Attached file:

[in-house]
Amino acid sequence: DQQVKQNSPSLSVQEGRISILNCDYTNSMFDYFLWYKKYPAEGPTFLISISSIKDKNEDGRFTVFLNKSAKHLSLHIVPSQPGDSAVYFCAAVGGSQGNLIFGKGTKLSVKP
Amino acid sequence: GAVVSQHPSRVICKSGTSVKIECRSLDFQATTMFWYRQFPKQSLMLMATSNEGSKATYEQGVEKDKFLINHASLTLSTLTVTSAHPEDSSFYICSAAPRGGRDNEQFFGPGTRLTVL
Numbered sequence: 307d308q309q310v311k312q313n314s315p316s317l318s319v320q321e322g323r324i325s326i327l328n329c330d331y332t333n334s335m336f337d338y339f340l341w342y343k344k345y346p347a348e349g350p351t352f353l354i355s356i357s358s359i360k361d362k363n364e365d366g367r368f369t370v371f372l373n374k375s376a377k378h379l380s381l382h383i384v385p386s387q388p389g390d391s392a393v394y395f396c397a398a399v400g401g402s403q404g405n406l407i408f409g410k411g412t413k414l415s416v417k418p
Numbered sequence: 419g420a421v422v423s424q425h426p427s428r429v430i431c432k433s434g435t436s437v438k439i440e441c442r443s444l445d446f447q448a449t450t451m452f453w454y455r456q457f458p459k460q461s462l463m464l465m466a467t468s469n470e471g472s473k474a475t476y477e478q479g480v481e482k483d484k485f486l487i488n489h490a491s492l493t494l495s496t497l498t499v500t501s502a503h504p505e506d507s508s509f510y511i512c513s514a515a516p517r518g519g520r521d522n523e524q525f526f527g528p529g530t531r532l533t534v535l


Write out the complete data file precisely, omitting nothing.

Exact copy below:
[in-house]
Amino acid sequence: DQQVKQNSPSLSVQEGRISILNCDYTNSMFDYFLWYKKYPAEGPTFLISISSIKDKNEDGRFTVFLNKSAKHLSLHIVPSQPGDSAVYFCAAVGGSQGNLIFGKGTKLSVKP
Amino acid sequence: GAVVSQHPSRVICKSGTSVKIECRSLDFQATTMFWYRQFPKQSLMLMATSNEGSKATYEQGVEKDKFLINHASLTLSTLTVTSAHPEDSSFYICSAAPRGGRDNEQFFGPGTRLTVL
Numbered sequence: 307d308q309q310v311k312q313n314s315p316s317l318s319v320q321e322g323r324i325s326i327l328n329c330d331y332t333n334s335m336f337d338y339f340l341w342y343k344k345y346p347a348e349g350p351t352f353l354i355s356i357s358s359i360k361d362k363n364e365d366g367r368f369t370v371f372l373n374k375s376a377k378h379l380s381l382h383i384v385p386s387q388p389g390d391s392a393v394y395f396c397a398a399v400g401g402s403q404g405n406l407i408f409g410k411g412t413k414l415s416v417k418p
Numbered sequence: 419g420a421v422v423s424q425h426p427s428r429v430i431c432k433s434g435t436s437v438k439i440e441c442r443s444l445d446f447q448a449t450t451m452f453w454y455r456q457f458p459k460q461s462l463m464l465m466a467t468s469n470e471g472s473k474a475t476y477e478q479g480v481e482k483d484k485f486l487i488n489h490a491s492l493t494l495s496t497l498t499v500t501s502a503h504p505e506d507s508s509f510y511i512c513s514a515a516p517r518g519g520r521d522n523e524q525f526f527g528p529g530t531r532l533t534v535l